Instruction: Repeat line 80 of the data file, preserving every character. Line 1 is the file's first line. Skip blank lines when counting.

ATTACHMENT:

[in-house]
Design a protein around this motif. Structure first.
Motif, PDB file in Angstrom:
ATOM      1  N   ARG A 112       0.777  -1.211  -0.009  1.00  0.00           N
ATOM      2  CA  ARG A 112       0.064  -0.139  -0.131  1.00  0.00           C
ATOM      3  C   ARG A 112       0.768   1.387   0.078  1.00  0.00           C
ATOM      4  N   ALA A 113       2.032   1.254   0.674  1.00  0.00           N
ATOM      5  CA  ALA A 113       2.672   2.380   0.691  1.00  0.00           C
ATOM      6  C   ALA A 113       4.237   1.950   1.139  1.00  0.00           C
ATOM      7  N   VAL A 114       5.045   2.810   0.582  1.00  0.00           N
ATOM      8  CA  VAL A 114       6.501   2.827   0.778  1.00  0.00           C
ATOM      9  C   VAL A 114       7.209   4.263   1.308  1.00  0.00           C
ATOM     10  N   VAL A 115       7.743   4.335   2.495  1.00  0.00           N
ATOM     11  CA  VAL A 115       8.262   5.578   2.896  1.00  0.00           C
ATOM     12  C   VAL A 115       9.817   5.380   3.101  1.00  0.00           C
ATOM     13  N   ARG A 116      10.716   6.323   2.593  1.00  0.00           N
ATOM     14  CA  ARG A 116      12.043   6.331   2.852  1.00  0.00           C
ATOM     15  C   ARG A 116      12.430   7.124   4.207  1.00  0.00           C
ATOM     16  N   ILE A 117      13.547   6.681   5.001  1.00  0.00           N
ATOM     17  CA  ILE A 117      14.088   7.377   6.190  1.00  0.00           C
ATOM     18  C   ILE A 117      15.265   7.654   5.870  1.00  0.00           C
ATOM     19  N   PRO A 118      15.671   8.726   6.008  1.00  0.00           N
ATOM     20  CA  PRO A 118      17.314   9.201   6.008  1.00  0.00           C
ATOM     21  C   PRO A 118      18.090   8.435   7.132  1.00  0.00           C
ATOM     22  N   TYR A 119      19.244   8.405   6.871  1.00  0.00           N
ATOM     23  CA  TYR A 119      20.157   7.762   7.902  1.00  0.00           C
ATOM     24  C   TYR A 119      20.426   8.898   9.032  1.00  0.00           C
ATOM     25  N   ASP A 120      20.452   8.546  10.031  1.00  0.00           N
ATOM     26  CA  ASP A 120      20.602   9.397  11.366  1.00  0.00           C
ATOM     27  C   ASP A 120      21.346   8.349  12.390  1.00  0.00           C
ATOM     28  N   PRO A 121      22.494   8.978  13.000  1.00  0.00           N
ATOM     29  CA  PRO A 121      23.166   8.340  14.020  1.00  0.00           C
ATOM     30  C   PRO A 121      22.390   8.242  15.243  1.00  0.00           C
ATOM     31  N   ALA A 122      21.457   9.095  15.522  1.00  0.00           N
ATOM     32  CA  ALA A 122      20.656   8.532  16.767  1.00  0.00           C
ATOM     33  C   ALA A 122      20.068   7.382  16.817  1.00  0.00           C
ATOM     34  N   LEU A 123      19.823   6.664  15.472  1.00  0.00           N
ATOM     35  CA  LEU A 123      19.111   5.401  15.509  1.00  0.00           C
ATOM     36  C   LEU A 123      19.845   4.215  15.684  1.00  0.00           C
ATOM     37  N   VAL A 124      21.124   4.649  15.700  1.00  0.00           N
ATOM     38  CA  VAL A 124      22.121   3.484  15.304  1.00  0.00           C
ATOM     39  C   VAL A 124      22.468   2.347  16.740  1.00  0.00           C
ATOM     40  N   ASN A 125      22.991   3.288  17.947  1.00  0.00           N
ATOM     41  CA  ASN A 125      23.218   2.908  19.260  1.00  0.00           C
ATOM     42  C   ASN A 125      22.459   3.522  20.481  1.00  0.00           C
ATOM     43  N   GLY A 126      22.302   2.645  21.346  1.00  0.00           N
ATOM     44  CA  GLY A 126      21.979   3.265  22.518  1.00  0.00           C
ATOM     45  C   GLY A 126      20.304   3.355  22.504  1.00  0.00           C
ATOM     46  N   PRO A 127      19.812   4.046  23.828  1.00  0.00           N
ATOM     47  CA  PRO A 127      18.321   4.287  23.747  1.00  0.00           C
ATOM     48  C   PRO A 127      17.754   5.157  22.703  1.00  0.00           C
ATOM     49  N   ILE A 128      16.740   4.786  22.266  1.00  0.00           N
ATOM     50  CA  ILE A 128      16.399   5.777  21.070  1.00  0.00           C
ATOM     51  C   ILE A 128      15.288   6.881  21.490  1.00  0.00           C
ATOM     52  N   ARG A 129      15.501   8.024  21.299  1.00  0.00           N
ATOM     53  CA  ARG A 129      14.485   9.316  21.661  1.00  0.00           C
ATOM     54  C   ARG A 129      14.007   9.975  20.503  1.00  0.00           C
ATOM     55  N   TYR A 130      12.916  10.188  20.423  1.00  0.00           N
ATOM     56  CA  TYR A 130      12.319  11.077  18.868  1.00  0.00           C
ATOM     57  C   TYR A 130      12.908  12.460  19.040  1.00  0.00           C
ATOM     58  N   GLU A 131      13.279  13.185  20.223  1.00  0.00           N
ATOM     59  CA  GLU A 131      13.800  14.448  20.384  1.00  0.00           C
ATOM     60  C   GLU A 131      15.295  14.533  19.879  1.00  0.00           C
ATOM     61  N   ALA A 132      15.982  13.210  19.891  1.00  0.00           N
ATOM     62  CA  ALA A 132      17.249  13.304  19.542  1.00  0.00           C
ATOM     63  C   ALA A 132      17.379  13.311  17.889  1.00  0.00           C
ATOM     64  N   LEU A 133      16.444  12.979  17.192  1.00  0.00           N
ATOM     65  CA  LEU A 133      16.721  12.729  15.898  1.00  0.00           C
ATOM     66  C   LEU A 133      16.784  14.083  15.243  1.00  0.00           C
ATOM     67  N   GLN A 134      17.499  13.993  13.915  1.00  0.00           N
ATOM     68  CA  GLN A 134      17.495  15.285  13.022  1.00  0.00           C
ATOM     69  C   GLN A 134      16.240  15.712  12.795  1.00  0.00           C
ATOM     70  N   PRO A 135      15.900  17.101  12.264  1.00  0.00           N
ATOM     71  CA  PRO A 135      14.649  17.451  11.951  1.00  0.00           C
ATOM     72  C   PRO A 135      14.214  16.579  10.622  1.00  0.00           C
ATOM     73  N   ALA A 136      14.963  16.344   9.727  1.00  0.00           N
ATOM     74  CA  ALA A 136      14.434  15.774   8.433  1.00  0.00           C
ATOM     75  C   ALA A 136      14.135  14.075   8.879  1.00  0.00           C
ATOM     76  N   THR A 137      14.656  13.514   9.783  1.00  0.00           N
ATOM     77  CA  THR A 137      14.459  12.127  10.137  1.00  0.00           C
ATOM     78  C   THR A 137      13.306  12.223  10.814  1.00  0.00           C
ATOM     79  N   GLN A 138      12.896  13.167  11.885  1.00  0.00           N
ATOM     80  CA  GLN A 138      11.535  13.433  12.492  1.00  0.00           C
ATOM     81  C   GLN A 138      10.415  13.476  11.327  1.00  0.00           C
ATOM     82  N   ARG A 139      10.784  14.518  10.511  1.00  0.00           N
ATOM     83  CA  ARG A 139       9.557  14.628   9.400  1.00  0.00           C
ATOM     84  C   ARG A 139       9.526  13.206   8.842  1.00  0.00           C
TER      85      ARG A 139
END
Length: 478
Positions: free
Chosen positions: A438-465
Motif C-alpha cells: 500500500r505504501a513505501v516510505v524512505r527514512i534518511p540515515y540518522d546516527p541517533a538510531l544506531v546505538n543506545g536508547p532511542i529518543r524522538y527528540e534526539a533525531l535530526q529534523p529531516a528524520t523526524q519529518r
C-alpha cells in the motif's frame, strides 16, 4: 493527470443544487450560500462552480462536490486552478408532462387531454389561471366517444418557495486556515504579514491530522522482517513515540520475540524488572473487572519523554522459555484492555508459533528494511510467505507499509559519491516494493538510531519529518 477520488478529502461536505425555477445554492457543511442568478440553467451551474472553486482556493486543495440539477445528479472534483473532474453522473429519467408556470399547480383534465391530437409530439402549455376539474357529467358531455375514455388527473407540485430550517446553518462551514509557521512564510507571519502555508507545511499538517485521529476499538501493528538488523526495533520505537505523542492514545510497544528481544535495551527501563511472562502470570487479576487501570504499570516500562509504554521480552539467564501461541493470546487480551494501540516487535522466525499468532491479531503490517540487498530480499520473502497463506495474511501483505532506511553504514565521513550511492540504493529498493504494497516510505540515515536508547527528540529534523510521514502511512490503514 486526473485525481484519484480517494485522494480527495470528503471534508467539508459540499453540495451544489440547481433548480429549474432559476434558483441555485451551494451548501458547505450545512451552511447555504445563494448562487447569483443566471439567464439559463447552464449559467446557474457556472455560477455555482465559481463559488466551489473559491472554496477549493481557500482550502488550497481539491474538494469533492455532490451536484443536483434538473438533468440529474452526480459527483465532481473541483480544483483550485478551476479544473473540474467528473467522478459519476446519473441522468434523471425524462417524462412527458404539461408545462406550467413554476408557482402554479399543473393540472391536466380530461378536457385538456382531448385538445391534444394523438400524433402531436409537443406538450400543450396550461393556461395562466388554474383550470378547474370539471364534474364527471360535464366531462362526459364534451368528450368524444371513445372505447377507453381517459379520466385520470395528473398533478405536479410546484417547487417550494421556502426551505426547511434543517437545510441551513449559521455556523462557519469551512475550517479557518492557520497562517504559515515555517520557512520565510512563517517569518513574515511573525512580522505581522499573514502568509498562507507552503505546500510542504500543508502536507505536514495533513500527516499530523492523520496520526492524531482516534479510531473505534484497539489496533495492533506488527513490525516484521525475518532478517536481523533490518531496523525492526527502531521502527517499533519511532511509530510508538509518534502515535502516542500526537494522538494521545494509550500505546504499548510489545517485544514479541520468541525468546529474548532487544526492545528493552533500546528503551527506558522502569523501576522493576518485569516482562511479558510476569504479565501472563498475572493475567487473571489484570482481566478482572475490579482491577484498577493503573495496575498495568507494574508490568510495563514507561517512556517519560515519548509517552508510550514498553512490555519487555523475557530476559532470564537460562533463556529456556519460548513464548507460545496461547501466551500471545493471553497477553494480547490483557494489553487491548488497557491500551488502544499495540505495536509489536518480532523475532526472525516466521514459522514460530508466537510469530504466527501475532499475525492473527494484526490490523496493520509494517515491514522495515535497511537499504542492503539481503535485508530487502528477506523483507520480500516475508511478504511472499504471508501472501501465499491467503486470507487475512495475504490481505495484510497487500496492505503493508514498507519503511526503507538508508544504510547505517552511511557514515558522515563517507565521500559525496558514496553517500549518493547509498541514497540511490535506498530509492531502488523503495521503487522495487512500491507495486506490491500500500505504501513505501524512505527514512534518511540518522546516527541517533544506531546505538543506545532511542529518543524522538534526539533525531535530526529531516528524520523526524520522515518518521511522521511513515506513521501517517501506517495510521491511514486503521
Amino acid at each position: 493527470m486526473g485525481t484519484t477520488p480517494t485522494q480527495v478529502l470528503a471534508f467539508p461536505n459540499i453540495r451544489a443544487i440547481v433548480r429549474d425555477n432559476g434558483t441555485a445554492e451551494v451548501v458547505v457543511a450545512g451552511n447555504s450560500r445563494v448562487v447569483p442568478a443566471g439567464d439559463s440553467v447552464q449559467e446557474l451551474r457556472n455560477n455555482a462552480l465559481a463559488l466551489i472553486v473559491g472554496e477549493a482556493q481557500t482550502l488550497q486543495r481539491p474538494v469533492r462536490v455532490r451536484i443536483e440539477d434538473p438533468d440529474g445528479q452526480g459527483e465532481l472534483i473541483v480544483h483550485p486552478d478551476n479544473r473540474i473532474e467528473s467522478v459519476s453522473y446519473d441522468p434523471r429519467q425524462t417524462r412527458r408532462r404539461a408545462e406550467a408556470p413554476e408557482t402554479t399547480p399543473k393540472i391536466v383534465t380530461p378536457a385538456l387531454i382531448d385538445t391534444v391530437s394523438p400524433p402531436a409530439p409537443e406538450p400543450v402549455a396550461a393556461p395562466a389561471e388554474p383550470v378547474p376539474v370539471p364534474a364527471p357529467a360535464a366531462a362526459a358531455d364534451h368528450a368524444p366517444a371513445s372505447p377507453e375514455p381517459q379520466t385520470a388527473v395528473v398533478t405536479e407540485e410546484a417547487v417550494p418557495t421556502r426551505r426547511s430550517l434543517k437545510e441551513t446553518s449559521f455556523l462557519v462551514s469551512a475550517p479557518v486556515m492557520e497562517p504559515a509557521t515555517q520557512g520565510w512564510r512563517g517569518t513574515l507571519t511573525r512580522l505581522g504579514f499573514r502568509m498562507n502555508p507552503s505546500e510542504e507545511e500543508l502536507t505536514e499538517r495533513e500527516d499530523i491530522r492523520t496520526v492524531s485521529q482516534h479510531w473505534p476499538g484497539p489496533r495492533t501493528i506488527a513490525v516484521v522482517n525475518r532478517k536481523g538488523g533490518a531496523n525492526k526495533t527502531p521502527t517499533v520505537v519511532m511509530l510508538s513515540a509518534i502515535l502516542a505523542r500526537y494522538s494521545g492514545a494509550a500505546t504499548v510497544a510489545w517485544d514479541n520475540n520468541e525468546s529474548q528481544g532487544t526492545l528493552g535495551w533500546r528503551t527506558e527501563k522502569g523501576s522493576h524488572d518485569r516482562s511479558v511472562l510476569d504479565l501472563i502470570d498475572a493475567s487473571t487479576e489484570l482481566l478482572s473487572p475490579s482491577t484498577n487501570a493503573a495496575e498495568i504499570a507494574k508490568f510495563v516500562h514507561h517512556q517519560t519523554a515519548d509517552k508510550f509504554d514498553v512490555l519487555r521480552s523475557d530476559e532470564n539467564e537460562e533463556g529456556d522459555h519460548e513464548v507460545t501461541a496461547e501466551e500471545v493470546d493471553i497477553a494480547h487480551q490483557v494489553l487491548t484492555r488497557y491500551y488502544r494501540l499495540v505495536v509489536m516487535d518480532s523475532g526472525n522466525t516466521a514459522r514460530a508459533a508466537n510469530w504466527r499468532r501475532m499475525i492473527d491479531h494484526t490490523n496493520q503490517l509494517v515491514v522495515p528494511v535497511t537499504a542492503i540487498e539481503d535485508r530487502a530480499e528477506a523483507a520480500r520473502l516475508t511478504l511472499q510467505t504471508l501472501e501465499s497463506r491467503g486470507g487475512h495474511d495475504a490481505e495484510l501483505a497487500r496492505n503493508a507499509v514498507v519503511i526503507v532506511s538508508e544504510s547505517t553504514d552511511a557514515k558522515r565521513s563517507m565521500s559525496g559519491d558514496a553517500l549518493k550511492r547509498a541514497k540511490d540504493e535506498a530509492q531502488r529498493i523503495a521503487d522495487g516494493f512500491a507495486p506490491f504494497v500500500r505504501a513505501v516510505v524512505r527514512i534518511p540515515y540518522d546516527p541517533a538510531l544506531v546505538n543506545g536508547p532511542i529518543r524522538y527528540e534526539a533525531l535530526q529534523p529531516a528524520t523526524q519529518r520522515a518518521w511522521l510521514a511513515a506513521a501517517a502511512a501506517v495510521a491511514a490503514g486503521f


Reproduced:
ATOM     77  CA  THR A 137      14.459  12.127  10.137  1.00  0.00           C